The chairman of the Oklahoma Judicial Nominating Commission says the panel provided Gov. Mary Fallin with names of only two finalists for a Pottawatomie County judgeship, instead of three as is required by law, because only two applicants were qualified. Critics have raised questions of partisan politics.

“I’ve heard allegations that the JNC was biased toward Democrats before, but this proves it,” said Republican state Rep. Justin Wood, according to NewsOK.com.  “And what’s worse, now the JNC appears to have broken the law to perpetuate its bias.” He said two candidates who were eliminated were Republicans, and the recommended finalists were Democrats.

The governor advised the panel it would have to comply with state law, and it agreed to start over. Commission chairman Stephen Beam said the group had acted without regard to politics.

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Another Abortion Law Struck Down by Oklahoma Court

Seal_of_Oklahoma.svgIn Oklahoma, where court rulings against state legislation to restrict abortions have fueled attacks from the legislature, a state judge has tossed out a law restricting medication abortions.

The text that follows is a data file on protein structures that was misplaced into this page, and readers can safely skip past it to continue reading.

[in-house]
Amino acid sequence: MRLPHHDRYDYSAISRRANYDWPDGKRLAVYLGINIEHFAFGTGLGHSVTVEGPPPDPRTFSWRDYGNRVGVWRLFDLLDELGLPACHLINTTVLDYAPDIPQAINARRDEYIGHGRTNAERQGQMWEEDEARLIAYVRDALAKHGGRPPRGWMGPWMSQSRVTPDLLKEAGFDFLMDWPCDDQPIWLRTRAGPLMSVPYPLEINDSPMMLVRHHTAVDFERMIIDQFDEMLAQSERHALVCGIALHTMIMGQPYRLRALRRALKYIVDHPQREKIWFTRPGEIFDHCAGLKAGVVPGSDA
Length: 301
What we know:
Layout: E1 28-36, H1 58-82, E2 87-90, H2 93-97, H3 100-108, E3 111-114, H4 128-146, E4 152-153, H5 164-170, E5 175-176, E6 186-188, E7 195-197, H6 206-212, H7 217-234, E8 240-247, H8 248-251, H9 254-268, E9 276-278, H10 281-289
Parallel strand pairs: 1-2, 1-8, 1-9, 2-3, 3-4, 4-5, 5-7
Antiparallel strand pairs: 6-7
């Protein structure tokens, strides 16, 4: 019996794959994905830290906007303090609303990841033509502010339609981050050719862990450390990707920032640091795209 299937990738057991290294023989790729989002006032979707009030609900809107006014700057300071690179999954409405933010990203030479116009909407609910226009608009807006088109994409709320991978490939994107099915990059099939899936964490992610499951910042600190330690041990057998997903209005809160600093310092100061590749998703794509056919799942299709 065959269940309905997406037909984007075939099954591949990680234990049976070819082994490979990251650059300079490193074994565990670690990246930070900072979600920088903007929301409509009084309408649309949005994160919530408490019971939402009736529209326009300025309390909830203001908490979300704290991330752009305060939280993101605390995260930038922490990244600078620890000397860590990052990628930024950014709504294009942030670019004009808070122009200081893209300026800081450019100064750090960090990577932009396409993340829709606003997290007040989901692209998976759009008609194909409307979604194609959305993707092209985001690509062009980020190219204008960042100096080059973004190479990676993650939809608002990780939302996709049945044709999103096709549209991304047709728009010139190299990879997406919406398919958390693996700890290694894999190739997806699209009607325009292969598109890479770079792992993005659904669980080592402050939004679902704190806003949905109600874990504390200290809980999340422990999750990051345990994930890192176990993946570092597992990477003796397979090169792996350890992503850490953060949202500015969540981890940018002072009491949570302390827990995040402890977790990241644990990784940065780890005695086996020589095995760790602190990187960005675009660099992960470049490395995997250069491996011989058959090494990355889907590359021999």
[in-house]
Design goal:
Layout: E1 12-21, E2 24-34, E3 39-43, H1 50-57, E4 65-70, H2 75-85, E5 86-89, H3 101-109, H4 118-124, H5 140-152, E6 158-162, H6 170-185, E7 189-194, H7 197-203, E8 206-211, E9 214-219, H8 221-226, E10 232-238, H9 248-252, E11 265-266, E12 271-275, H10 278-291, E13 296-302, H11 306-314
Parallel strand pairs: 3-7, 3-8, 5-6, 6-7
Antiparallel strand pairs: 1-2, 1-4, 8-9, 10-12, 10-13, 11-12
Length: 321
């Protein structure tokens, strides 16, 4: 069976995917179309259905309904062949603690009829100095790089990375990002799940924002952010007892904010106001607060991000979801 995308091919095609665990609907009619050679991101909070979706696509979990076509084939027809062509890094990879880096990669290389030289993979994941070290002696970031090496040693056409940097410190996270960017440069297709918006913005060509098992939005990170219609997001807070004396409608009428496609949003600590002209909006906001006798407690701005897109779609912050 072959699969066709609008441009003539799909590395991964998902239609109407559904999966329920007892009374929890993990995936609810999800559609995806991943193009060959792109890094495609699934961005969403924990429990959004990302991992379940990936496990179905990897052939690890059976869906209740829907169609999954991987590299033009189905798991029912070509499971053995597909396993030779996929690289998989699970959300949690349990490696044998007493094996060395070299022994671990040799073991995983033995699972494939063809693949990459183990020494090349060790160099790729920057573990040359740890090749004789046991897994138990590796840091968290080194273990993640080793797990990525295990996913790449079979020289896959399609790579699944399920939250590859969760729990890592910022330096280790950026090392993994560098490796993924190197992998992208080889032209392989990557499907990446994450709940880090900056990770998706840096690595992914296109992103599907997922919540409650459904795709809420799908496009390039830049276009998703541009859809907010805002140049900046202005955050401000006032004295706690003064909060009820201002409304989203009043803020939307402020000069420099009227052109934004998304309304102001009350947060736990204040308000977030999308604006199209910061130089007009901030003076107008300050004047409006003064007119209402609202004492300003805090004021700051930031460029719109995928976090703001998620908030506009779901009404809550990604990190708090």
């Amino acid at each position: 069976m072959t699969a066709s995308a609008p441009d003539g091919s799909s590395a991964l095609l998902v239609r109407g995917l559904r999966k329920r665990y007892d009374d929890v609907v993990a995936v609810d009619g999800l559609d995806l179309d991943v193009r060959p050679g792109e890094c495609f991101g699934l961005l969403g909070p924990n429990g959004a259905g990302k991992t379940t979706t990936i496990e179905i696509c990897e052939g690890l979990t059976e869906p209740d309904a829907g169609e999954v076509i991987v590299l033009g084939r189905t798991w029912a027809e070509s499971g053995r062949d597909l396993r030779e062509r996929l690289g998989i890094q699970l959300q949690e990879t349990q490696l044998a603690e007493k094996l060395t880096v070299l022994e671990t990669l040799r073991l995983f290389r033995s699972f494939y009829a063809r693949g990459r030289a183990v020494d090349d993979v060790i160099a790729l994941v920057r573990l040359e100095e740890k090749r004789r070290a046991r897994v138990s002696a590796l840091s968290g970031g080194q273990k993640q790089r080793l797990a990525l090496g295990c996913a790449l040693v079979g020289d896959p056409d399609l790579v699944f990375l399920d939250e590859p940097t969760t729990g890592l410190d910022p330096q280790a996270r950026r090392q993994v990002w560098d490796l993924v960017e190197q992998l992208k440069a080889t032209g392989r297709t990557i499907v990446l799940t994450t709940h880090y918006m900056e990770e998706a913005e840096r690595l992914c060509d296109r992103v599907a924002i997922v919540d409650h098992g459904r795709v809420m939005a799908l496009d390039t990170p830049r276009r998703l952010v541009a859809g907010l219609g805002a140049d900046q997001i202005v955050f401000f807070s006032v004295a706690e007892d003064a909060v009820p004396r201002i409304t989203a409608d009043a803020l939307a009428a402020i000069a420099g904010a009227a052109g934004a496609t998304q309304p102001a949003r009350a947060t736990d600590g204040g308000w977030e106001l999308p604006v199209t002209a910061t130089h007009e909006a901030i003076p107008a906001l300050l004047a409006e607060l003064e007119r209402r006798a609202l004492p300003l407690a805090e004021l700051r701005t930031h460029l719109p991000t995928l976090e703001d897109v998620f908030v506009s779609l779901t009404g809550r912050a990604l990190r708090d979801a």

A NewsOK article was headlined, “Oklahoma sees another abortion law fall in court/Oklahoma County District Judge Patricia Parrish struck down the current law, ruling that since it applied specifically to abortion-inducing drugs, it amounted to a ‘special law’ prohibited in the constitution.”

State Rep. Kevin Calvey earlier this year harshly criticized the high court and proposed an interim study on reforming the judiciary (see Gavel Grab). He told NewsOK about the new ruling, “We can blame our extremist liberal state Supreme Court for this latest deadly ruling against babies in Oklahoma.”

Other media coverage included reports from the Associated Press and Tulsa World.

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OK Opinion: Political Attacks Undermine Public Trust in Courts

Oklahoma flagIs an age-old tension between the political branches and the judiciary escalating to a new and dangerous level? In Oklahoma, where several legislators recently called for impeachment of state Supreme Court justices, attorney David Poarch fears that’s the case.

Poarch is president of the Oklahoma Bar Association. In a Norman Transcript op-ed, he labels the impeachment call (after the court had ordered removal of a Ten Commandments marker from the capitol grounds–see Gavel Grab for background) “just one example in a sea of comparable unending rants in response to decisions handed down by our highest courts.” At both the state and national level, he says, the fire of hostility against our courts is fueled by partisan politics. Poarch warns of damaging fallout: